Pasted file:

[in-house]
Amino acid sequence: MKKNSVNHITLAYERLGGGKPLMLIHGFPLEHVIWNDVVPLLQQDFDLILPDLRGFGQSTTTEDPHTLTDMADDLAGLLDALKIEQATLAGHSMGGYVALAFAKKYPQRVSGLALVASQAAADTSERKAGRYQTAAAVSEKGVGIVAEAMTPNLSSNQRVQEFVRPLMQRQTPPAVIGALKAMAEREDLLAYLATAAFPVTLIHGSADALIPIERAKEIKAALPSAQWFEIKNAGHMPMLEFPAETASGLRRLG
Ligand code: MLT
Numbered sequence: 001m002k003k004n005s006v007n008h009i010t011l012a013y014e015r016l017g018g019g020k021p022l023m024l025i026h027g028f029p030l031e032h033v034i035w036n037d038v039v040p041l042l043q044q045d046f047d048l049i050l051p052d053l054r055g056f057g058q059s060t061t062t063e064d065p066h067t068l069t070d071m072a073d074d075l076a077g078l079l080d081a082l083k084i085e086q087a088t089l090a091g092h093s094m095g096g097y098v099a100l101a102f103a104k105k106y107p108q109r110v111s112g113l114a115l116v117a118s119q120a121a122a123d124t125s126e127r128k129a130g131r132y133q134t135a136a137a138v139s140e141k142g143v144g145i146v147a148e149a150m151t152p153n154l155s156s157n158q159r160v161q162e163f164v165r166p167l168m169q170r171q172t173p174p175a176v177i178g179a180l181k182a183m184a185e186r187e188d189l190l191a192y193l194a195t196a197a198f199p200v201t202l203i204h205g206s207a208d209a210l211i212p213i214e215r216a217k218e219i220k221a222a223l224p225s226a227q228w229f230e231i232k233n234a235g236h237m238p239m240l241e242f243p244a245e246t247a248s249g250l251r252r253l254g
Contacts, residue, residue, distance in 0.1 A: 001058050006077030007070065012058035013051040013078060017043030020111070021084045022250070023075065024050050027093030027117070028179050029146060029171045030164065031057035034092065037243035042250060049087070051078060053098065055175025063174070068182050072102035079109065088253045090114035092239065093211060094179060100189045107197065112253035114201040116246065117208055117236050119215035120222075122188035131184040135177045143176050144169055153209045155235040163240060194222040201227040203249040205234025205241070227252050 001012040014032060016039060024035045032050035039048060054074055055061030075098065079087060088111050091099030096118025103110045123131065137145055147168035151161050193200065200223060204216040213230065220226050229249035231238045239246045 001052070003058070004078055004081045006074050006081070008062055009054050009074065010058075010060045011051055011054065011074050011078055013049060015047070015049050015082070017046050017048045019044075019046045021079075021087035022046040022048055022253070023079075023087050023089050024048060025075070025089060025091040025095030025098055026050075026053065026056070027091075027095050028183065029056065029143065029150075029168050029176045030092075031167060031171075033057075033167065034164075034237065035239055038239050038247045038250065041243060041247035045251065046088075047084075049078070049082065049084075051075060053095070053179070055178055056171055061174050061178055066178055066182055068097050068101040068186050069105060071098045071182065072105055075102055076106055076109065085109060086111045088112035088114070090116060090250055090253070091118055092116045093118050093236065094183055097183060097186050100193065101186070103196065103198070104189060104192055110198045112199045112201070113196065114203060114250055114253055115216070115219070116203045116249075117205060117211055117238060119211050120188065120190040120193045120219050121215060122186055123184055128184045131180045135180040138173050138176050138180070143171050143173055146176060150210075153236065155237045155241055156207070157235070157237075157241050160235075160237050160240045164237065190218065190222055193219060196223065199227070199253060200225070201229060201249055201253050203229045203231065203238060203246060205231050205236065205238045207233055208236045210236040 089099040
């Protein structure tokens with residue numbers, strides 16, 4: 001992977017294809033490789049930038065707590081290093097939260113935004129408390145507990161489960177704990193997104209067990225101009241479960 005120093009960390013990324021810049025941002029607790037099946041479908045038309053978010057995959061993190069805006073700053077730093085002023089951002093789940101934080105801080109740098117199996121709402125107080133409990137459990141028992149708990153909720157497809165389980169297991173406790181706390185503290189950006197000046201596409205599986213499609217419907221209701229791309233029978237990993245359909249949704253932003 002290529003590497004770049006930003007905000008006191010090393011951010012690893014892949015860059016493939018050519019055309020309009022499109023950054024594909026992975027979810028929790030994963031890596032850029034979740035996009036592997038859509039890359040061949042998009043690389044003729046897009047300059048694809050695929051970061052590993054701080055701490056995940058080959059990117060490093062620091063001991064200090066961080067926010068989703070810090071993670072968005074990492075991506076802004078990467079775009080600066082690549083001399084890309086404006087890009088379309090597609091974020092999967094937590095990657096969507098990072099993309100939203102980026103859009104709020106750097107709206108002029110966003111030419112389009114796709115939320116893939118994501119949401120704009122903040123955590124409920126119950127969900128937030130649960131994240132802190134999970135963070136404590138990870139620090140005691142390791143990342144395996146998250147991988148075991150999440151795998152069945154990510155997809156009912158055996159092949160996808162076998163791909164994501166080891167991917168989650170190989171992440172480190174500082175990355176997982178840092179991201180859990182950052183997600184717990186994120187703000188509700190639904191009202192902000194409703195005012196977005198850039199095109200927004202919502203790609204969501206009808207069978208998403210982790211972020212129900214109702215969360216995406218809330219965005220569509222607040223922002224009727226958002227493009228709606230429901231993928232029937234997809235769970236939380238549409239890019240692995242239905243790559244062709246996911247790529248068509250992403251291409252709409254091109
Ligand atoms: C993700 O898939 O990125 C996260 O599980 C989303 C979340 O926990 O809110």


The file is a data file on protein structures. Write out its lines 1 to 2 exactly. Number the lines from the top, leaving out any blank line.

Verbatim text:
[in-house]
Amino acid sequence: MKKNSVNHITLAYERLGGGKPLMLIHGFPLEHVIWNDVVPLLQQDFDLILPDLRGFGQSTTTEDPHTLTDMADDLAGLLDALKIEQATLAGHSMGGYVALAFAKKYPQRVSGLALVASQAAADTSERKAGRYQTAAAVSEKGVGIVAEAMTPNLSSNQRVQEFVRPLMQRQTPPAVIGALKAMAEREDLLAYLATAAFPVTLIHGSADALIPIERAKEIKAALPSAQWFEIKNAGHMPMLEFPAETASGLRRLG